Q: What tasks should be in every CEO’s plans for their first 100 days in a new role?
New CEOs go through a SWOT analysis (Strength Weakness Opportunities Threats) of all key stakeholders — management, employees, product, and customers.
- First is quickly assessing the management team in place. Anyone that is weak should be moved out very quickly, often the first week or two. And strong CEOs aggressively recruit their replacements. They often begin executive recruitment before they even start, calling on top execs they’ve worked with before, and recruiters they trust and have a history with.
- Next is often a “listening tour” of some fashion. Talking to as many employees as possible, in groups if the start-up is large enough, to get their feedback. This is a quick way to surface key gaps in operations. The questions the CEO will ask will often seem very basic to the employees. But there’s a method to this. The CEO is looking to learn, yes. But more than that, they are looking for patterns in the feedback. To learn what’s >really< going on from the folks doing the actual work. And open ended, broad questions get you that.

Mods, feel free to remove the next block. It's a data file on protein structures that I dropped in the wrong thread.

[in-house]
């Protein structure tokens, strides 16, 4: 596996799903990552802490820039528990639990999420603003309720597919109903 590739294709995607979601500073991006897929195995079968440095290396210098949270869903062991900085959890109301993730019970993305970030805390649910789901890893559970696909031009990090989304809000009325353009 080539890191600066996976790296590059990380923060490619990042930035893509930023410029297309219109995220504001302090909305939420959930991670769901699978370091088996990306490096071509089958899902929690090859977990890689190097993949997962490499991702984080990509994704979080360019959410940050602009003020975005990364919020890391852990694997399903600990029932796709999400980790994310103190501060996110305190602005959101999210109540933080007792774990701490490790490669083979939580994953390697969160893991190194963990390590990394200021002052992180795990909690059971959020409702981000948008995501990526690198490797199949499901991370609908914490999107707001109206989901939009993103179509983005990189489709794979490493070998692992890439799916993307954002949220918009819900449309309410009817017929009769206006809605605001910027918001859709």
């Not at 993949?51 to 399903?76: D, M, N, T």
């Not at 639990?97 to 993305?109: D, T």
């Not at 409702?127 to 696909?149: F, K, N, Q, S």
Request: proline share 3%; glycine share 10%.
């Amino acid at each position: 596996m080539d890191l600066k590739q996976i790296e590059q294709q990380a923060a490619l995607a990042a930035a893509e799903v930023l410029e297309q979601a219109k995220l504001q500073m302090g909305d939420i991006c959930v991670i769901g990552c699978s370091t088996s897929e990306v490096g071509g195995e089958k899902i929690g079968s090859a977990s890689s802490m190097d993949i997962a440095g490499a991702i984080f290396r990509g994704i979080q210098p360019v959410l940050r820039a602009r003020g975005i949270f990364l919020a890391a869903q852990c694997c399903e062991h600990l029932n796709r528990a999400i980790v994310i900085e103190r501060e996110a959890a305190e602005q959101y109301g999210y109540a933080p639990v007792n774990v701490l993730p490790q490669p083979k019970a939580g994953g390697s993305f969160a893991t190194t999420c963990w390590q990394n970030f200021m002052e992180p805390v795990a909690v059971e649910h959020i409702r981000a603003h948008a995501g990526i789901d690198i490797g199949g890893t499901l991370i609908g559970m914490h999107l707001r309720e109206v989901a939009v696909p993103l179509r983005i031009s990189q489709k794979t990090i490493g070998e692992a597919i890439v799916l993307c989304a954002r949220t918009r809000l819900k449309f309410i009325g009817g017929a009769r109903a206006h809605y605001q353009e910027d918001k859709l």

- Calling on key customers is key. A new CEO should be talking to 10–100 top customers starting in Week 1. This is even easier these days on Zoom. If as a new CEO, you don’t talk to 20+ customers in your first 30 days, you don’t care about product.
30 days in, any seasoned CEO will quickly know where the strength and weaknesses are in every area here, from team to culture to product to customers.
And the simplest thing is to just focus on recruiting. That’s why you see so often when a new CEO joins that a few VPs move on … and quickly, often 1–3 new VPs are hired. That’s what moves the needle fastest, once you have traction.
Here’s a great session on what the A+ CEO of Algolia did when she took over the reins: